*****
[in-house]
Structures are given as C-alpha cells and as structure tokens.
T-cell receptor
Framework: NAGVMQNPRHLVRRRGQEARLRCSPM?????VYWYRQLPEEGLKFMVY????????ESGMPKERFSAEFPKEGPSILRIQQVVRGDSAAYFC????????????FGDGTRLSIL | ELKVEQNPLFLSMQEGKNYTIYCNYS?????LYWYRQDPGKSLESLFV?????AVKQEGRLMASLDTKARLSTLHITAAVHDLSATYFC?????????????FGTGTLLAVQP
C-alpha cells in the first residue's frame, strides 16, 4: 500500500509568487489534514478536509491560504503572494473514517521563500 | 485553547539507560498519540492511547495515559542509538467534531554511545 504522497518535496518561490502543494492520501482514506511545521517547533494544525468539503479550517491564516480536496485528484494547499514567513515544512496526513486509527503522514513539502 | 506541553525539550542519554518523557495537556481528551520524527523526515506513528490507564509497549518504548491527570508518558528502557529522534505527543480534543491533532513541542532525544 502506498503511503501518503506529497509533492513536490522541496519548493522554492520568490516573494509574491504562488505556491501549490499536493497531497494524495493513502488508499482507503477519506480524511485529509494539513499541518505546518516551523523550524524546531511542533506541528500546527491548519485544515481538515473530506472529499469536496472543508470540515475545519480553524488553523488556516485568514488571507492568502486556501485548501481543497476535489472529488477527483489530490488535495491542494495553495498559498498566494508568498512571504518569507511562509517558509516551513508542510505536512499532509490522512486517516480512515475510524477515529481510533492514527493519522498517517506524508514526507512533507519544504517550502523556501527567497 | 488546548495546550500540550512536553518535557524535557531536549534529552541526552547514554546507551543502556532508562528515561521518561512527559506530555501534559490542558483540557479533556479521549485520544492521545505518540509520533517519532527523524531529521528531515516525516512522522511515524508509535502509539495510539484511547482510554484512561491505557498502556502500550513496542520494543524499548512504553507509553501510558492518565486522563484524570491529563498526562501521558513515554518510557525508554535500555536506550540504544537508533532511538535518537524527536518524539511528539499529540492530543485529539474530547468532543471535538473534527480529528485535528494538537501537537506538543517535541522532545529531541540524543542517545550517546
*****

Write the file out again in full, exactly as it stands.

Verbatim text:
[in-house]
Structures are given as C-alpha cells and as structure tokens.
T-cell receptor
Framework: NAGVMQNPRHLVRRRGQEARLRCSPM?????VYWYRQLPEEGLKFMVY????????ESGMPKERFSAEFPKEGPSILRIQQVVRGDSAAYFC????????????FGDGTRLSIL | ELKVEQNPLFLSMQEGKNYTIYCNYS?????LYWYRQDPGKSLESLFV?????AVKQEGRLMASLDTKARLSTLHITAAVHDLSATYFC?????????????FGTGTLLAVQP
C-alpha cells in the first residue's frame, strides 16, 4: 500500500509568487489534514478536509491560504503572494473514517521563500 | 485553547539507560498519540492511547495515559542509538467534531554511545 504522497518535496518561490502543494492520501482514506511545521517547533494544525468539503479550517491564516480536496485528484494547499514567513515544512496526513486509527503522514513539502 | 506541553525539550542519554518523557495537556481528551520524527523526515506513528490507564509497549518504548491527570508518558528502557529522534505527543480534543491533532513541542532525544 502506498503511503501518503506529497509533492513536490522541496519548493522554492520568490516573494509574491504562488505556491501549490499536493497531497494524495493513502488508499482507503477519506480524511485529509494539513499541518505546518516551523523550524524546531511542533506541528500546527491548519485544515481538515473530506472529499469536496472543508470540515475545519480553524488553523488556516485568514488571507492568502486556501485548501481543497476535489472529488477527483489530490488535495491542494495553495498559498498566494508568498512571504518569507511562509517558509516551513508542510505536512499532509490522512486517516480512515475510524477515529481510533492514527493519522498517517506524508514526507512533507519544504517550502523556501527567497 | 488546548495546550500540550512536553518535557524535557531536549534529552541526552547514554546507551543502556532508562528515561521518561512527559506530555501534559490542558483540557479533556479521549485520544492521545505518540509520533517519532527523524531529521528531515516525516512522522511515524508509535502509539495510539484511547482510554484512561491505557498502556502500550513496542520494543524499548512504553507509553501510558492518565486522563484524570491529563498526562501521558513515554518510557525508554535500555536506550540504544537508533532511538535518537524527536518524539511528539499529540492530543485529539474530547468532543471535538473534527480529528485535528494538537501537537506538543517535541522532545529531541540524543542517545550517546